Wizards of the Coast
In 5th edition, there are three main ways of determining your ability scores.
One method is point buy, listed as a ‘variant’ in the Player’s Handbook. Another method – the simplest – is to take the array: 15, 14, 13, 12, 10, 8. But for many players, the default method, rolling, is going to be the most fun.
On average, rolling your ability scores will give you slightly better stats than you would get from point buy or the array. A party of four can hope for at least a couple of 18s between them, and they would be unlucky to roll anything lower than a five between them. Most players rolling their ability scores will get at least three good stats.
Sometimes, you roll well, and you have a golden opportunity to explore a character concept that might not have been possible with point buy. Sometimes, though, you roll badly, and you have to plan your character a little more carefully. This article looks at different ability contours and what you can do with them.
In some ways, ability scores don’t matter as much in 5th edition as they did in previous editions.
In 3rd edition, for instance, ability scores were often a prerequisite for feats. A fighter need a Dexterity of 13 for Dodge or an Intelligence of 13 for Expertise. And there was no cap on ability scores, so you had to pump them higher and higher as you gained levels. This was even more of an issue in 4th edition.
5th edition doesn’t really have ability requirements except for multiclassing, which is itself an optional rule. 5th edition also has an ability score cap of 20, so, if you get a +2 bonus from your race selection, it is possible to start the game with one of your ability scores already ‘maxed out’. Bonded accuracy means that target numbers (enemy ACs, save DCs, skill check DCs) progress more slowly than they did in previous editions, so there’s less pressure to keep pushing stats higher and higher, and if you want to take some feats instead, the game won’t punish you for it (much).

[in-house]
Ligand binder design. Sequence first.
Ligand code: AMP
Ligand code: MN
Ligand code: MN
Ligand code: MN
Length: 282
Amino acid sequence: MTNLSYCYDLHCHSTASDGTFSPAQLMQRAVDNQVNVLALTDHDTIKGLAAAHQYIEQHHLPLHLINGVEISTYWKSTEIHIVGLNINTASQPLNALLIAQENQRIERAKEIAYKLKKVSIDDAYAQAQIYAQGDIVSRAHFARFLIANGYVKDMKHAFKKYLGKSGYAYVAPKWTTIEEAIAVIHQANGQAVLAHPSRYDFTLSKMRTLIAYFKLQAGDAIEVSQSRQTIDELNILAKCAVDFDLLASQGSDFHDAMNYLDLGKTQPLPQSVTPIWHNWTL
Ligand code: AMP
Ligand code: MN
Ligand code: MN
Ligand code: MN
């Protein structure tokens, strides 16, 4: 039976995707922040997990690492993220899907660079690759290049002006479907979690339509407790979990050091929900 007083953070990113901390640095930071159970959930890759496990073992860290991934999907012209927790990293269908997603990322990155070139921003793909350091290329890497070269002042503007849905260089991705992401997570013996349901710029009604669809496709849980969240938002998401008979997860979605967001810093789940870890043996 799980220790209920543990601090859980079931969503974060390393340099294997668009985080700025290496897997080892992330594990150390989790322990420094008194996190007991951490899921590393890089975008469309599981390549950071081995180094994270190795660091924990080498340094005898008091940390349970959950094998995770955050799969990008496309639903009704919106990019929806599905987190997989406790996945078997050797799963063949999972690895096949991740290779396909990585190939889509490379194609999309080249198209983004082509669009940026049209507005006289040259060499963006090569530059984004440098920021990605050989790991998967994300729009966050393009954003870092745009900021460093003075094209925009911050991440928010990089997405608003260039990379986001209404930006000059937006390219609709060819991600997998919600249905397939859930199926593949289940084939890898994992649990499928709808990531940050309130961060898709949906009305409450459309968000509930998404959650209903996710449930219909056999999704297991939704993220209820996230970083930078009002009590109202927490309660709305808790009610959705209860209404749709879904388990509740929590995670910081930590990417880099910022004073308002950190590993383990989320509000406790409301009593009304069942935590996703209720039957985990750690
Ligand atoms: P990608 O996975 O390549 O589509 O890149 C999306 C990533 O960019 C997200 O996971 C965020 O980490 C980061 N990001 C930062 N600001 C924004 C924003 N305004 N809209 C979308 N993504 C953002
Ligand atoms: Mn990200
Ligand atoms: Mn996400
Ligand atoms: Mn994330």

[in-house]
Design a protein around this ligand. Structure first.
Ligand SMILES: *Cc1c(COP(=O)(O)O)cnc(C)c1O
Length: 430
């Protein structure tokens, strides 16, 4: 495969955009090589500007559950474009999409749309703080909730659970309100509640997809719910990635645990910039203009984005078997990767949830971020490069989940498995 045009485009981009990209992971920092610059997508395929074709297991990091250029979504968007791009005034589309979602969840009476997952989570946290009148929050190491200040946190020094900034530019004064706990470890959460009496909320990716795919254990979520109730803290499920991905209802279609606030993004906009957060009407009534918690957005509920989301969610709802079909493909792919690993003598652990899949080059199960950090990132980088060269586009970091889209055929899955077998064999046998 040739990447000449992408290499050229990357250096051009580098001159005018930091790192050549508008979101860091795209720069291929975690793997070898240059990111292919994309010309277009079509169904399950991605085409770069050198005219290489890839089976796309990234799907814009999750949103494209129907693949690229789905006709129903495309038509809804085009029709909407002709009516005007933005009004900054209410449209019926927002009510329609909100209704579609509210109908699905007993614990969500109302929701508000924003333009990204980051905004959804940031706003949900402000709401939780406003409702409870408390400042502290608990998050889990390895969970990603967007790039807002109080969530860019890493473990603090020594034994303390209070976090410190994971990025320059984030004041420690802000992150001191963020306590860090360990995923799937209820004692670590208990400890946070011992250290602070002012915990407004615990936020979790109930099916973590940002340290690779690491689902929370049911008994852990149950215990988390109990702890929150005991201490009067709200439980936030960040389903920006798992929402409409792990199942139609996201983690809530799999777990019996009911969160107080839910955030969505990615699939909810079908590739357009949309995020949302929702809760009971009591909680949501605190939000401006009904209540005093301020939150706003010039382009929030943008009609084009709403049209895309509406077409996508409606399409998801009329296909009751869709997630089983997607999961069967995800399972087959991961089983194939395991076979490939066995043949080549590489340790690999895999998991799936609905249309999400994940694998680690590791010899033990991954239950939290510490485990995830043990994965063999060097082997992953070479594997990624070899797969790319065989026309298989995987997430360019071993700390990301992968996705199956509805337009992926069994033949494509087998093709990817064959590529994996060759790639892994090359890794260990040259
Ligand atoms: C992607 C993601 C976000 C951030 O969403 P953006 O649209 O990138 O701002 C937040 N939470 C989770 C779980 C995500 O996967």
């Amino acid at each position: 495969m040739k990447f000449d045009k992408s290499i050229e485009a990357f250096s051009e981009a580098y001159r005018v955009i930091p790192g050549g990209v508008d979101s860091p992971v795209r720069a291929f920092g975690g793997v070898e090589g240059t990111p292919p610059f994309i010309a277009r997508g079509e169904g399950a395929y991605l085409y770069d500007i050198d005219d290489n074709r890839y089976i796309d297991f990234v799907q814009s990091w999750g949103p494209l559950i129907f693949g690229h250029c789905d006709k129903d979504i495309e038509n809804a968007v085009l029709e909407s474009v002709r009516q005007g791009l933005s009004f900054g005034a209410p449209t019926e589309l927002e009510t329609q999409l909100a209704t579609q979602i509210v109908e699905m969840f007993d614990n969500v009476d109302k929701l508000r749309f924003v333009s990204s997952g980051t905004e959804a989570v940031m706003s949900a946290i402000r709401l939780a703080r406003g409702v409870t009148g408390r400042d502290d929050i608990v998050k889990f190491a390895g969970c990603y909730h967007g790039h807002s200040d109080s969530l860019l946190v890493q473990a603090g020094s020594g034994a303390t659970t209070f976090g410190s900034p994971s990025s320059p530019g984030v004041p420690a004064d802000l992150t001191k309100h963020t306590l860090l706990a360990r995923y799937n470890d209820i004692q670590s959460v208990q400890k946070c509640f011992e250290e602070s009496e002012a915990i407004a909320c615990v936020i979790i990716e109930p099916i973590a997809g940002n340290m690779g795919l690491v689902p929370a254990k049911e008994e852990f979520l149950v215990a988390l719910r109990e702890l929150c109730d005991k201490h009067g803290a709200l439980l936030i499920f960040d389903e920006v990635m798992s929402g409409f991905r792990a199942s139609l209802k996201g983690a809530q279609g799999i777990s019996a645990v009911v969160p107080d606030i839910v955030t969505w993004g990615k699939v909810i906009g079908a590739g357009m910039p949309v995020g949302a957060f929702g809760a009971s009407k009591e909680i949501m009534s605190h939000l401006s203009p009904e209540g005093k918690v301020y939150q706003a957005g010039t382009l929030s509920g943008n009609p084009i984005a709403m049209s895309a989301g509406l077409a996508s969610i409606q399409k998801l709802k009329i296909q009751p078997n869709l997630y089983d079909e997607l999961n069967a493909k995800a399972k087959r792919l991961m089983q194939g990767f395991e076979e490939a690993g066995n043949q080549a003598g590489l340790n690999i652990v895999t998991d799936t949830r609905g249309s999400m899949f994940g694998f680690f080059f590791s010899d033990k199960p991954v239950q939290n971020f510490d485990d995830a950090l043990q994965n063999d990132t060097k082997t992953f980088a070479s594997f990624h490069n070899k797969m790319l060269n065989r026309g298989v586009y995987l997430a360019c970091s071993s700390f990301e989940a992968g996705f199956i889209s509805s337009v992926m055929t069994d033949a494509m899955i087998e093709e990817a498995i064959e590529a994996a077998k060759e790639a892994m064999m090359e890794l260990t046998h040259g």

That said, if your ability scores are in the wrong place, you will feel it, and if your most used ability score is on the low side, your character won’t be as fun to play. A rogue needs a good Dexterity. A cleric’s effectiveness rests on Wisdom. And a paladin ideally needs Strength, Constitution, and Charisma.
Before we begin, then, it’s worth considering what we mean by a ‘good’ stat and whether there is a point where poor ability scores are essentially unplayable.
- For the purposes of this article, I interpret a ‘good’ stat to be 14. To some extent, this is an arbitrary decision on my part, and you might feel that a 13 is viable if you’re playing a race with a +2 bonus in the right place. But anything lower than that just feels a bit ‘average’.
- As for ‘unplayable’ scores, this, too, is arbitrary. 3rd edition had the following advice, which my group continues to stick to: ‘Your scores are considered too low if the sum of your modifiers (before adjustments because of race) is 0 or lower, or if your highest score is 13 or lower.’ However, 5th edition has no such proviso, and some groups might takae a dim view of rerolling low stats. Discuss this before you roll.
OK, then: you’ve rolled your stats, and you want to see if your character is viable. Let’s start from the bottom and go up from there.
No good stats
Wizards of the Coast
So, you rolled really, really badly, and your DM isn’t giving you a chance to reroll. What can you play? (Firstly, your DM is mean. Secondly, you are really unlucky. Only 7.2 percent of characters will roll no higher than a 13.)
The best option here is, as far as possible, to avoid playing a character who uses their ability scores for attack rolls and spell DCs. Of these, the stand-out choice for me is the Circle of the Moon druid. Once you hit 2nd level, you will be spending most of your time running around as a bear or what have you, and your low stats won’t matter. A wizard is also possible: you can choose spells which don’t require attack rolls or saves like colour spray, magic missile, and sleep. A wizard is probably better than a sorcerer here since a sorcerer’s spell selection is considerably more limited: a wizard can afford to pick some of the more utilitarian options available without feeling bound to them.
One good stat